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Apple's Payments Reveal: Passwords Are Passe, Prints Are In

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Many mobile commerce systems are built on the premise that we need something simpler than typing a complex password on a small screen. With the iPhone 5S, Apple unveiled its own solution: a fingerprint scanner.

Apple presented its new iPhone 5S and a less expensive 5C model during a product presentation Sept. 10 at the company's Cupertino, Calif. offices.

When unveiling the iPhone 5S' new TouchID fingerprint scanner, Apple senior vice president of world marketing Phil Schiller explained that the scan will substitute for the user's iTunes password. That means TouchID can be used to make purchases of music, books and other digital material Apple sells to iPhone owners.

The fingerprint sensor is camouflaged as part of the home button on the phone and will "map individual details in your fingerprint ridges to make sure it is allowing only you" into the phone, Schiller said. A stainless steel detection ring around the home button senses that a finger is on the button, so the user does not need to actually press the button.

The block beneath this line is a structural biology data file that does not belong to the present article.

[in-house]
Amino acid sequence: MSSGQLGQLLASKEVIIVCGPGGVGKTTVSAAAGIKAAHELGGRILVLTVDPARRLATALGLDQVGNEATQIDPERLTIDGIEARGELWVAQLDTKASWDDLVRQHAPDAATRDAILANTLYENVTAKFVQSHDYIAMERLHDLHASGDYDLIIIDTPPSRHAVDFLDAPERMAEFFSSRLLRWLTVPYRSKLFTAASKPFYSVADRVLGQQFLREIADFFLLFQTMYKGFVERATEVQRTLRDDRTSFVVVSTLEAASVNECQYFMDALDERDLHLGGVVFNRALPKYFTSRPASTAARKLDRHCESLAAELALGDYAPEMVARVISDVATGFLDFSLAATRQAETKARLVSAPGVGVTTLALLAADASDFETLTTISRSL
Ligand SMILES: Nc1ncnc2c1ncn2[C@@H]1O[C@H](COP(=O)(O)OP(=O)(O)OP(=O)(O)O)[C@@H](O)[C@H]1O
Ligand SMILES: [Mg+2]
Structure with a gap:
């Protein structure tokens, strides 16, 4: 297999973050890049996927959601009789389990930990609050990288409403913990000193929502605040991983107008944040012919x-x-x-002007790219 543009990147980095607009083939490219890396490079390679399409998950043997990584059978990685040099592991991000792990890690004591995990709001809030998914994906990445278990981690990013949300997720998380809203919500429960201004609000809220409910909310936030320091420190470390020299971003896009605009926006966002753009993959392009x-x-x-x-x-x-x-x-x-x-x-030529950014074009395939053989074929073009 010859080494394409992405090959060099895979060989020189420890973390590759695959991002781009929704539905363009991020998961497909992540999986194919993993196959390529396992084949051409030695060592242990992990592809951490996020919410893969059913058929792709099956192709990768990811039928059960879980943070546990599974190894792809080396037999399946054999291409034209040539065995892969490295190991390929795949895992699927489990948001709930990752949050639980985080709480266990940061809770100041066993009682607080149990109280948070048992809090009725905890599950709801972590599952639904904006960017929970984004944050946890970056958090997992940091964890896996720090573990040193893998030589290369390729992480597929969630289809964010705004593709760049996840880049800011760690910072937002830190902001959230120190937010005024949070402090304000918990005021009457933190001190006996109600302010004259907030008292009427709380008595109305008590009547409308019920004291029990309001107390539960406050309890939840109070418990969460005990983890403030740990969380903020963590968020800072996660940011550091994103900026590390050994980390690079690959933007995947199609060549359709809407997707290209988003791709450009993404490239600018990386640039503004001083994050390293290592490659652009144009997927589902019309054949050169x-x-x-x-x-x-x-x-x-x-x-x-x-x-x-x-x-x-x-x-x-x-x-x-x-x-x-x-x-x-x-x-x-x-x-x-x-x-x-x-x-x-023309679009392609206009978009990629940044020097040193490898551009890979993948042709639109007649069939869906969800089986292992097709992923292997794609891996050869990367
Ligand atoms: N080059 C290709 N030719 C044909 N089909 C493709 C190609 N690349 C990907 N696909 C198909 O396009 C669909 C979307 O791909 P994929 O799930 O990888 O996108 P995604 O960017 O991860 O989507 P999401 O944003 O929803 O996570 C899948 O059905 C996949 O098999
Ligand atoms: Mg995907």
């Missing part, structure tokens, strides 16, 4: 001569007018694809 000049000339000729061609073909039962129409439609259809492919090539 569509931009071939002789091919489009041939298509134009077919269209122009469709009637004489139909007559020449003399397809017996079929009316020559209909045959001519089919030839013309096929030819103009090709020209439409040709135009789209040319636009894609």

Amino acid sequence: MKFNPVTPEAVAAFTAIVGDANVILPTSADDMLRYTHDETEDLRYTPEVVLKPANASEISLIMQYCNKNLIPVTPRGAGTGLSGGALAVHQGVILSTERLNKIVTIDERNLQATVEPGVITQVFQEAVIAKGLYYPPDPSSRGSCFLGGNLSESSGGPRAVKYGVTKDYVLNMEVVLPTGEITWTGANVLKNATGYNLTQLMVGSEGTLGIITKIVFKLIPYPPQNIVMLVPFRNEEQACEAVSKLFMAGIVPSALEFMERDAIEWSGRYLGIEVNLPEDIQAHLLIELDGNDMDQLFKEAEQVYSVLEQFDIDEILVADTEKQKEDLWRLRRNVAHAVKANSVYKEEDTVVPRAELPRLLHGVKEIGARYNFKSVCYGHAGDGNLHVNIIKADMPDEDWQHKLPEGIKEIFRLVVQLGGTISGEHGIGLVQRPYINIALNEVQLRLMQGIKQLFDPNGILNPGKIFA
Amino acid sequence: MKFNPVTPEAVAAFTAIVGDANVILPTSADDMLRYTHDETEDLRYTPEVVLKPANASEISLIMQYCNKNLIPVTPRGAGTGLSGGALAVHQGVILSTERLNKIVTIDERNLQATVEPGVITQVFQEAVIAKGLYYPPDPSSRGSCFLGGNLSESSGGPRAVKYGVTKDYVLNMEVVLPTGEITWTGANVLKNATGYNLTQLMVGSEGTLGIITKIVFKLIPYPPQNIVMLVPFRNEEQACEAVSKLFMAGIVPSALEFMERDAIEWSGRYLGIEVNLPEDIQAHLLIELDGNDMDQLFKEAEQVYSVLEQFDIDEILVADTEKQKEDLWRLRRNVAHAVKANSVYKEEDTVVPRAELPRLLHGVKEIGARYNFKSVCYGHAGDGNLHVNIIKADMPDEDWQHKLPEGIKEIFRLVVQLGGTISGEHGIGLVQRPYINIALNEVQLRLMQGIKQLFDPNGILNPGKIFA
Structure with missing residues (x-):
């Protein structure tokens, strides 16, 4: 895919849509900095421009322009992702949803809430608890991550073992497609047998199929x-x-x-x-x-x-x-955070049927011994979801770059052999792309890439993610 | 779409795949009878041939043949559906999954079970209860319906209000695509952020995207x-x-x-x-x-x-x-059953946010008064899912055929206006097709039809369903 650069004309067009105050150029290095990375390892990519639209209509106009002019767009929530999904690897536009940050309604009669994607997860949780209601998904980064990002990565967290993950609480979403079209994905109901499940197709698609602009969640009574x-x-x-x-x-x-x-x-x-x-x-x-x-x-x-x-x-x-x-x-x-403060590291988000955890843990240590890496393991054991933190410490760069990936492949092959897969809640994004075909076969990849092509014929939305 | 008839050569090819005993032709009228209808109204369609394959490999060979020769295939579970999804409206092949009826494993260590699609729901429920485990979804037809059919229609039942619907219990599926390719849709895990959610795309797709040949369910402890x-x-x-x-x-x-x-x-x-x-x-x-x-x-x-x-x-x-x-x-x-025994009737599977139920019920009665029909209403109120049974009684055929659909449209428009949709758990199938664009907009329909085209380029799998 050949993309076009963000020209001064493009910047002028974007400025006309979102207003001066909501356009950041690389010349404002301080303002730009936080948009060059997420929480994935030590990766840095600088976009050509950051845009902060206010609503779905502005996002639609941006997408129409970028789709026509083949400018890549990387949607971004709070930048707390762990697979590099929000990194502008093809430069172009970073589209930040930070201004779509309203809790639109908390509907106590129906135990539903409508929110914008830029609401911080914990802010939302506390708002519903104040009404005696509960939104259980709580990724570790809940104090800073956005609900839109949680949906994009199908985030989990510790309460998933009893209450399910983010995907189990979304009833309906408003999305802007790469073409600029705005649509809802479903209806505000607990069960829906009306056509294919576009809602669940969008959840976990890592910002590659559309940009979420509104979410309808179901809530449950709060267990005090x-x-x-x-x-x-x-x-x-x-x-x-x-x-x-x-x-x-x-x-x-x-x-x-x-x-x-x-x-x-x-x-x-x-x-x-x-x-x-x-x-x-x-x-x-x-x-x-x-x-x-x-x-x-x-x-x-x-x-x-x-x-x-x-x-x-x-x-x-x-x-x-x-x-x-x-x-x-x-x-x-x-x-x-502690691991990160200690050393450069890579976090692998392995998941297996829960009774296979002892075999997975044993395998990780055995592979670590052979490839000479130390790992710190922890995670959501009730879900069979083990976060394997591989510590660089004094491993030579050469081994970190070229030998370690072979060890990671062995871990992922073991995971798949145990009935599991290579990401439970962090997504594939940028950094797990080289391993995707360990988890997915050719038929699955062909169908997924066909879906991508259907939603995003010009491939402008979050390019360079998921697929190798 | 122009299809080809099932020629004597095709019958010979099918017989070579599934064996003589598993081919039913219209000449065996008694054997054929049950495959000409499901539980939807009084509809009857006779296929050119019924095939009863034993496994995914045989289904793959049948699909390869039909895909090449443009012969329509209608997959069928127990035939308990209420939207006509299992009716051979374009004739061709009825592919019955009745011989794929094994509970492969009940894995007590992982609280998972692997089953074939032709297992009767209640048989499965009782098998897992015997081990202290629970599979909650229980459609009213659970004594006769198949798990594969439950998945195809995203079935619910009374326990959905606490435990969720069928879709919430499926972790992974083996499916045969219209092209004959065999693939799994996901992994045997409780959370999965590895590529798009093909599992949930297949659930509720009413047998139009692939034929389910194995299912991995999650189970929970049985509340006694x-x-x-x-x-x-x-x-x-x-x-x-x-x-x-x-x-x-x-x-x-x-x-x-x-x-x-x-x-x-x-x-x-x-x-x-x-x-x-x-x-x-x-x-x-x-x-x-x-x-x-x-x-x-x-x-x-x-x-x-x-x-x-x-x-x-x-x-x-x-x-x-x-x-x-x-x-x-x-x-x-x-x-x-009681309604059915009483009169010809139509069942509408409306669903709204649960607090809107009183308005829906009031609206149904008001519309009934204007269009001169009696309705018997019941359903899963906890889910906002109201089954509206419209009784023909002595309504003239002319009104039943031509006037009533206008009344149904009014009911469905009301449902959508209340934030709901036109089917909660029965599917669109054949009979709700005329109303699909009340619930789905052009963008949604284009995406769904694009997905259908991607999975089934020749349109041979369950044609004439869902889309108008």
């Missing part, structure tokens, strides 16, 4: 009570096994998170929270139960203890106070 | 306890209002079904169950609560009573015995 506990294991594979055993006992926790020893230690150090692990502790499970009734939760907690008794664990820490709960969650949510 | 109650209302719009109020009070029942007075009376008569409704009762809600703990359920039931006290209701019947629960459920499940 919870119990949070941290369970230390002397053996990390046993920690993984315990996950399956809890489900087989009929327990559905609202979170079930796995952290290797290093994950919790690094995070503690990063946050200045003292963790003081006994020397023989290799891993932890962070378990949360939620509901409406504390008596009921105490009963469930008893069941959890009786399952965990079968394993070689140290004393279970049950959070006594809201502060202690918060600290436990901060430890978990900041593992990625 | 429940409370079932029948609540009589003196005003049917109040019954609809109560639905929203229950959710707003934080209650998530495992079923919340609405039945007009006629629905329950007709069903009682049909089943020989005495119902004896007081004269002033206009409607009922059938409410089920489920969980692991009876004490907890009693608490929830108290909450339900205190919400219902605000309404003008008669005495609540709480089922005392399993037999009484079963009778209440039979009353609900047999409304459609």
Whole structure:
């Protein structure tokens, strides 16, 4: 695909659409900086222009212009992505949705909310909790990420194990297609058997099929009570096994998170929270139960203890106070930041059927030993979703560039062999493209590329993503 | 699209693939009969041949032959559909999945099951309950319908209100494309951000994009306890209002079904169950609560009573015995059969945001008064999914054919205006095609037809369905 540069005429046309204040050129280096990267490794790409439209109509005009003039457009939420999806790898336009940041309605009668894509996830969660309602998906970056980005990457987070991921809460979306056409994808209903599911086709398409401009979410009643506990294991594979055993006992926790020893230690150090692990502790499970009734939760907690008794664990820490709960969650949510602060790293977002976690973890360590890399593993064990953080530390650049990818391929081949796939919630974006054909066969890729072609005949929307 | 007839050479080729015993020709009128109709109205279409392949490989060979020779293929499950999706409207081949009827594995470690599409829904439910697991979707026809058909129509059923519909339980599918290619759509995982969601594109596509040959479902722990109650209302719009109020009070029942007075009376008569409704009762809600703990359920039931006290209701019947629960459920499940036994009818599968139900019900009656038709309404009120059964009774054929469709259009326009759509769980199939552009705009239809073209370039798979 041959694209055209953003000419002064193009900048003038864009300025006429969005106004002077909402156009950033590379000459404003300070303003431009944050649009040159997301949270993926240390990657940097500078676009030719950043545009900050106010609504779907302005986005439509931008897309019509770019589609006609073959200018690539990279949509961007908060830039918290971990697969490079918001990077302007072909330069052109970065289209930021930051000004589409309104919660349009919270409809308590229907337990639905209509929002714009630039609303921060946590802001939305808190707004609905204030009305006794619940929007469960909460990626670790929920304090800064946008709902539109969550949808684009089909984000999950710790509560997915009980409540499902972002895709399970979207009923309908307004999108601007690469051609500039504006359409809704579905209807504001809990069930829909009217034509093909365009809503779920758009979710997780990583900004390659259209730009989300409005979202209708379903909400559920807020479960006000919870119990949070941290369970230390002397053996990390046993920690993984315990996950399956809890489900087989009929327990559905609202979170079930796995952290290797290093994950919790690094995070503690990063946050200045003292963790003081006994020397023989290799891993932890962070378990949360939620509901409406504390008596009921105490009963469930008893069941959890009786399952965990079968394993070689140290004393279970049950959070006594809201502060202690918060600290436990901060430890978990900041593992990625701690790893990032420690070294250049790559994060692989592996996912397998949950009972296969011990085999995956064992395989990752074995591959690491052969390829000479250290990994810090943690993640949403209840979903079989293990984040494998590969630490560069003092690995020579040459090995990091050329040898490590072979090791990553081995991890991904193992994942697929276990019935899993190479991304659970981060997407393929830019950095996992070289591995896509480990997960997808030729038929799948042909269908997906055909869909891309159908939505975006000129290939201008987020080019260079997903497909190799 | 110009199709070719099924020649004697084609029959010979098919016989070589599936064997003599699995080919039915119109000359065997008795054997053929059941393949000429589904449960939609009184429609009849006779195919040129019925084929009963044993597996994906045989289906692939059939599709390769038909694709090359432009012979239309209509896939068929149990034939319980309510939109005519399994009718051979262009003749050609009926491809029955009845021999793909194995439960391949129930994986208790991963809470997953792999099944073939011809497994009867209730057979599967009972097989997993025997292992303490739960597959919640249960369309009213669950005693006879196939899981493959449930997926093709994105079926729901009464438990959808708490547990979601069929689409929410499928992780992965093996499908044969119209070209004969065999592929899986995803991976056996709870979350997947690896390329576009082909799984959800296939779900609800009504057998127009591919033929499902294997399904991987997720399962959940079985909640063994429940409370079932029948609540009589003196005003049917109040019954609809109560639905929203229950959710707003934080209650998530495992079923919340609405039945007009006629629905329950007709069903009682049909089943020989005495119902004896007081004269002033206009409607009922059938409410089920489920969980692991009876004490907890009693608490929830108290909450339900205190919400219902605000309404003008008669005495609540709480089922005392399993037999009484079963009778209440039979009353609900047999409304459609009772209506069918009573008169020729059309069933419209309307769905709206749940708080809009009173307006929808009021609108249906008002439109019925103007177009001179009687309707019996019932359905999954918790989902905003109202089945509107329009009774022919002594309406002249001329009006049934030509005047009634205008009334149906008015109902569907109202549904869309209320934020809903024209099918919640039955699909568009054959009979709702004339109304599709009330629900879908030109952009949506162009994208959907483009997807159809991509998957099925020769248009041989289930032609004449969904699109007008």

The fingerprint scan will be encrypted only on the A7 chip in the phone, Schiller said. Apple will not store fingerprint scans on Apple servers, nor it store them in iCloud, he added.

Prior to the presentation, some technology bloggers predicted that, of all of the rumors circulating about the new iPhone, it was most likely that Apple would wait on adding Near Field Communication technology at least for another year. NFC is used as the foundation of mobile payments initiatives such as Isis and Google Wallet.

A yearlong delay would allow Apple to monitor how other NFC compatible devices fare.

Apple's use of fingerprint authentication is a step toward a full-service mobile wallet in the future. Industry analysts have often likened iTunes to a mobile wallet because it stores the payment credentials of countless Apple users that make purchases from the screens of mobile devices.

Apple devices also support Passbook, a wallet app that stores third-party apps such as mobile payment apps.

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